Innscor keeps focus on US$70m projects

HARARE – Innscor Africa says it continues to roll out its US$70 million expansion programme with new investments spanning the beverages, milling, baking, protein, and packaging segments, which are scheduled for completion in the next financial year.

Last year, the group approved the US$70 million investment to expand operations and build a new flour milling plant in Bulawayo, which it expects to commission this year.

The diversified conglomerate, in its interim financials for the period to December 31 2021, said it remained extremely positive about the potential growth trajectory of the local economy and hopeful that progressive and consistent policy will be employed to underpin this growth and ensure that a full and sustainable recovery can be achieved.

“These investments will result in capacity increases on existing categories, improvement in manufacturing operating efficiencies through the utilisation of new technologies, and, most importantly, will enable growth into new and adjacent products and categories,” Mr Addington Chinake, the group’s chairman, said in a statement of the financials.

During the period under review, group revenue increased 112 percent to $53,7 billion on the comparative period on the back of strong volume performance, enabled by competitive pricing and supported by ongoing investments into increased capacity and improved production efficiency.

“As anticipated, gross margin growth converged with revenue growth, a consequence of the lower inflation levels experienced during the period under review,” Mr Chinake said.

He added that operating expenditure as a percentage of revenue remained reasonably consistent with the comparative period, notwithstanding the cost corrections experienced across much of the overhead profile of the business. Mr Chinake noted that associate companies continued to contribute positively to the overall group result, with equity accounted earnings 46 percent up on the comparative period.

Net interest for the period under review came in at $1,3 billion on account of higher ZW$-denominated loan levels supporting expansion capital expenditure, combined with higher interest rates.

In terms of segmental performance, in the Bakery Division, loaf volumes closed 23 percent ahead of the comparative period, underpinned by firm market demand, which was encouraging.

Mr Chinake said bread pricing remained a critical aspect of the business to manage, and the company continued to work with the authorities to ensure a balance is maintained between manufacturing viability and relevant pricing for the consumer.

“As previously reported, the group has undertaken to develop a new state of the art bakery in Bulawayo with a build-out over the next twelve months, coupled with further plant automation initiatives within the Harare operations.

“In addition, the operation’s logistics arm has commenced with a re-fleeting programme which will result in improved distribution efficiencies and effectiveness,” he said.

At National Foods, volume performance improved as new categories were introduced into the portfolio, coupled with more efficient operating structures and increased capacity utilisation.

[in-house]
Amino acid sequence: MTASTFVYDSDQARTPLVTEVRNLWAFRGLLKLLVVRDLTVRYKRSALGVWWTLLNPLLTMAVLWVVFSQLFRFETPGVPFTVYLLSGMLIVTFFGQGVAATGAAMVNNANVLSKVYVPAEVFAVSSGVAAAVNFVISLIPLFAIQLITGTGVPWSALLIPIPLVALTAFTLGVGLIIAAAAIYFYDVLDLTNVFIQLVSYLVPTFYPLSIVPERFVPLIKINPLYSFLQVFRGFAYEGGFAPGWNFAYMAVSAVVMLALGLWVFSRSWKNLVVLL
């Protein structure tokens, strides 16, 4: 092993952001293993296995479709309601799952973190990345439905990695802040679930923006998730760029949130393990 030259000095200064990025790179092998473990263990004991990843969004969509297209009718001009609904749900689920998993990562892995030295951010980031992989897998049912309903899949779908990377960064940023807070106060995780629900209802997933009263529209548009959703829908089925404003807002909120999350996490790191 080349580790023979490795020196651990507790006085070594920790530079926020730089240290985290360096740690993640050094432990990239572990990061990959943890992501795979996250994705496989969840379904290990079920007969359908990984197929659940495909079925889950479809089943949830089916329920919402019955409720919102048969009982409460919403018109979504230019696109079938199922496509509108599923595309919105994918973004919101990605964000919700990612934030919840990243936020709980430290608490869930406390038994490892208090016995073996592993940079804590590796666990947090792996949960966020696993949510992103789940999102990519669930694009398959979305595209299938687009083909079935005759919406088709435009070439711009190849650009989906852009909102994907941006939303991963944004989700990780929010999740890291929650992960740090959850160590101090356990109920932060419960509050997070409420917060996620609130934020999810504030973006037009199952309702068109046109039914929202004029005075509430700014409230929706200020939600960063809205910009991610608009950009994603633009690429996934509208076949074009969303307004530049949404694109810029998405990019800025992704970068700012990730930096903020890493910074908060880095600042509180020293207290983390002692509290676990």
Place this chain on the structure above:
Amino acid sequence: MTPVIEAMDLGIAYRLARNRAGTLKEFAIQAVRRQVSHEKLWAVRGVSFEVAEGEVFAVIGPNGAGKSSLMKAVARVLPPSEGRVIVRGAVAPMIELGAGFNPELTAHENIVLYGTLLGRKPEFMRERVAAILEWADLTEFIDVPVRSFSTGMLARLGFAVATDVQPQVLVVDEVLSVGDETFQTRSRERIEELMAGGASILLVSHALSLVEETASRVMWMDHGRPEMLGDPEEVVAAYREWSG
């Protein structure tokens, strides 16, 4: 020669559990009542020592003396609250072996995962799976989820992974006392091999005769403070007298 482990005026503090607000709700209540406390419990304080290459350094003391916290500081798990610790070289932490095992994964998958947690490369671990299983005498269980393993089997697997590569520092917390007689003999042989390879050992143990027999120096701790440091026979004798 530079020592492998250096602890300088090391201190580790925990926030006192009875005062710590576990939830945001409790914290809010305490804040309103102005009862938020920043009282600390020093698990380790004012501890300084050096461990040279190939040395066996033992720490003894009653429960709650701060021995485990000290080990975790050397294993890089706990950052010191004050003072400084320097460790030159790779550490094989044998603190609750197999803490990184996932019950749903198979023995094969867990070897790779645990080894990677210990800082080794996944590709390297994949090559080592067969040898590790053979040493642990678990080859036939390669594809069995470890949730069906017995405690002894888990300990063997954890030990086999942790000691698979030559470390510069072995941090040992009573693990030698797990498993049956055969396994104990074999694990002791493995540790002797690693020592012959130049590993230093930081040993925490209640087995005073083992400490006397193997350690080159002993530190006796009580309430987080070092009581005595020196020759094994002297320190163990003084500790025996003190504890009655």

Mr Chinake said despite inflationary pressures contributing to slower consumer demand in the latter part of the period, overall volumes closed 15 percent ahead of the comparative period.

“The Flour Milling division recorded a three percent volume improvement over the comparative period. The new mill installation in Bulawayo will commence in April, and remains on track for commissioning towards the end of 2022,” he said.

The Maize Milling division’s volumes were seven percent behind the comparative period as maize meal demand remained subdued.

At Profeeds, the stockfeed category recorded volume growth of 15 percent ahead of the comparative period, with an encouraging increase of 62 percent within the relatively new “Aquafeeds” fish feed category. Recovery of the small scale poultry market continues to positively impact both poultry stockfeed and day-old chick demand.

The Colcom division, comprising Triple C Pigs and Colcom Foods, delivered 11 percent growth in volumes against the comparative period, with performance in the processed pork category being especially strong, with volumes 27 percent up, whilst volumes of fresh pork remained in line with the comparative period.

The pie category showed an encouraging recovery with a volume growth of 37 percent. Mr Chinake said pig production of 61 000 animals for the period reached record levels, driven by continuing investment into new capacity, combined with ongoing genetic improvement in the herd.

He said further investment will continue in this part of the operation in order to support increased raw material demand in the factory operations.

He noted that Irvine’s continued to deliver encouraging volume growth across its value-chain, underpinned by a recovery in small-scale poultry production and sustained consumer demand across the protein market.

“The day-old chick market remains firm, and this translated into volume growth of 37 percent over the comparative period, while the frozen chicken category delivered 10 percent volume growth over the same period, volumes in the table egg category were similar,” Mr Chinake said.

The AMP Group’s protein range delivered volume growth of 11 percent ahead of the comparative period, with growth recorded across all categories. At Natpak, overall packaging volumes improved by 14 percent over the comparative period and the rigids category delivered 68 percent volume growth over the comparative period, as capacity expansion initiatives undertaken in this category became fully operational. – Herald